A brisket packaged in plastic with fat side up.

24-Hour Brisket

One 5-6 lb. beef brisket                                                             3 Tbsp. brown sugar

1 cup strong coffee                                                                    2 Tbsp. liquid smoke

2 cups ketchup                                                                           2 Tbsp. mustard

10 oz. Coke, Pepsi or other cola                                                ¼ tsp. tobasco sauce

¼ cup Worcestershire sauce

Twenty-four hours ahead, place brisket fat side up in large, deep roaster or Dutch oven; pour coffee over meat, cover and bake at 200° for 24 hours. The next day, remove from oven, carefully lift meat from pan and set aside. Pour off greasy liquid (expect a lot) into a large plastic or metal container. My husband cuts the top off a gal. milk jug. Trim off fat (a bit messy) and return brisket to roasting pan. In medium bowl, combine all remaining ingredients, mix well and pour over meat. Bake at 200° for at least one hour. Meat will be fork tender. You can slice it and serve with side dishes or cut up smaller and serve on hamburger buns. The sauce is sweet and tangy.

Note: The brisket can be frozen, but freeze the sauce separately. It’s fine reheated in the microwave. In fact, I often prepare it ahead, layering the meat and sauce in a Corningware Dutch oven I’ve had forever, and heat it up when our company arrives. You can also double the recipe. Just buy a bigger brisket and make sure your roaster is big enough to hold all the grease it produces. Enjoy!


White Witch, Texas Druids Origins
http://www.amazon.com/dp/B0070ZDPF0

Darlin' Druid
http://www.amazon.com/dp/B004ASNDES
Dashing Druid
http://www.amazon.com/dp/B0069HLDJU

18 comments:

Ginger Simpson said...

Great post, Lyn. Are you available to make the brisket for my family on July 5th? We don't mind if it's a day late for the holiday.

Honestly, I'm going to try the recipe. Sounds delicious.

Lyn Horner said...

LOL! Ginger, you're welcome to come share the 4th with me and my gang if you want to. It would be such fun!

I hope you enjoy the brisket.

Paisley Kirkpatrick said...

Very interesting. I love old recipe books. I have a few of them and am amazed at how they cooked in the olden days. Great post - sorry I don't know what kind of drinks they had either.

Lyn Horner said...

Hi Paisley, thanks for popping in. Yes, it's fun to read old recipes. The First Texas Cook Book is kind of hard to find, but I think there are a few copies available on Amazon and Ebay, used ones that is.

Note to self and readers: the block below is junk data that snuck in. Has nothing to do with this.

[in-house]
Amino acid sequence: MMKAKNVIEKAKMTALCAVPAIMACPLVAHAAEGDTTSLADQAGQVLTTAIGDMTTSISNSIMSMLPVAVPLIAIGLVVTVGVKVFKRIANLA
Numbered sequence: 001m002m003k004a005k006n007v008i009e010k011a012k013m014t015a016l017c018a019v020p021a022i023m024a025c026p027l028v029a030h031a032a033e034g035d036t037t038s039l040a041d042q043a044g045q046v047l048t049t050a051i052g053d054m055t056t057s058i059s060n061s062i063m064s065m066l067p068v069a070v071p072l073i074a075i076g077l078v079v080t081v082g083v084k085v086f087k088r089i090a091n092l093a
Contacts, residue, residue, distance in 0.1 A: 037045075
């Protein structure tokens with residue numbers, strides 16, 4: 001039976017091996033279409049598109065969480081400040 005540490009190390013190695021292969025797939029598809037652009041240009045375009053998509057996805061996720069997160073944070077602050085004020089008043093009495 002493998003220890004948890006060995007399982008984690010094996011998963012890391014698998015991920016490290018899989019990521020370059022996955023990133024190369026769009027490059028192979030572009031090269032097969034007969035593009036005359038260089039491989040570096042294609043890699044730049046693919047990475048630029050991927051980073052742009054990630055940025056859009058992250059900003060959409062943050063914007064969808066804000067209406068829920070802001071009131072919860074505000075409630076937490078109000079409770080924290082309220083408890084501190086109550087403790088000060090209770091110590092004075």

Carra Copelin said...

I love old recipe books, too, and own quite a few. My favorites were put out by churches.
Lovely post, Lyn, thank you for bringing these receipts for us to share.

Lyn Horner said...

You're very welcome,Carra. Thank you for visiting. When we get together, I'll show you the cookbook. It's a treasure!

Lyn Horner said...

In case anyone's curious about the change in my avatar, I just changed over to Google plus. I posted the photo that I use on the back of my book covers.

Sarah J. McNeal said...

Thank you for the Texas food tips and recipes.
I don't know is sassafras grows in Texas, but in North Carolina, sasafras tea was used for refreshments. I've had some and it's pretty dang good. Mine was iced tea, but you can drink it hot, too. sassafras grows wild here.

Lyn Horner said...

Sarah, I appreciate the tip. I'll find out if sassafras grows here in Texas, specially up near the Red River. If it does, I'll change the drink to sassafras tea. Thanks!

Sharla Rae said...

I always love the wonderful tid bits of history in your blogs Lyn. I'm going to look for that Texas cook book!

Ciara Gold said...

Too fun. Made my mouth water. My mother-in-law still cooks with lard. I tend to grimace at that but then that's the way they fried things back then.

The oldest cookbook I have was published in 1908. You got my curiosity up so I've been browsing through it. Interesting stuff.

Lyn Horner said...

Sharla, I'm glad you enjoy my posts. You will love The First Texas Cook Book. I sure do!

Lyn Horner said...

Ciara, my Grandma Novotny kept a cup of bacon grease on top her big old stove. She brushed a dab of it on homemade breads and for cooking all kinds of food. And she was a great cook!

Let me know if you find something fun in your 1908 cookbook. Thanks for stopping by!

Ruby said...

What a great post! I remember old cookbooks where butter was always used to coat bread for sandwiches. Lard was used a lot for baking and frying. I don't ever remember mayonnaise used for sandwiches or EVOO or Canola used for frying. It's interesting taking a look back at how people used to live.

Ellen O'Connell said...

The cookbook I still use is probably historical now - The Woman's Home Companion Cook Book, copyright date 1942. It was my mother's and is falling apart, but since I don't do a lot of cooking, I drag it out when I need to find a way to do something.

Comments are coming up differently for me today - in a window on top of the page instead of a new page loading with the blog on top and comments below. Can't wait to see if my apostrophe comes out properly. How can the apostrophes in contractions in the post be fine, but not in a name?

Ellen O'Connell said...

Yee haw!

ellaquinnauthor said...

I love old cook books as well. Great post. I tweeted.

Jacquie Rogers said...

Lyn, what a fun post. :) We'll be over for brisket, too. It's gonna be quite a party!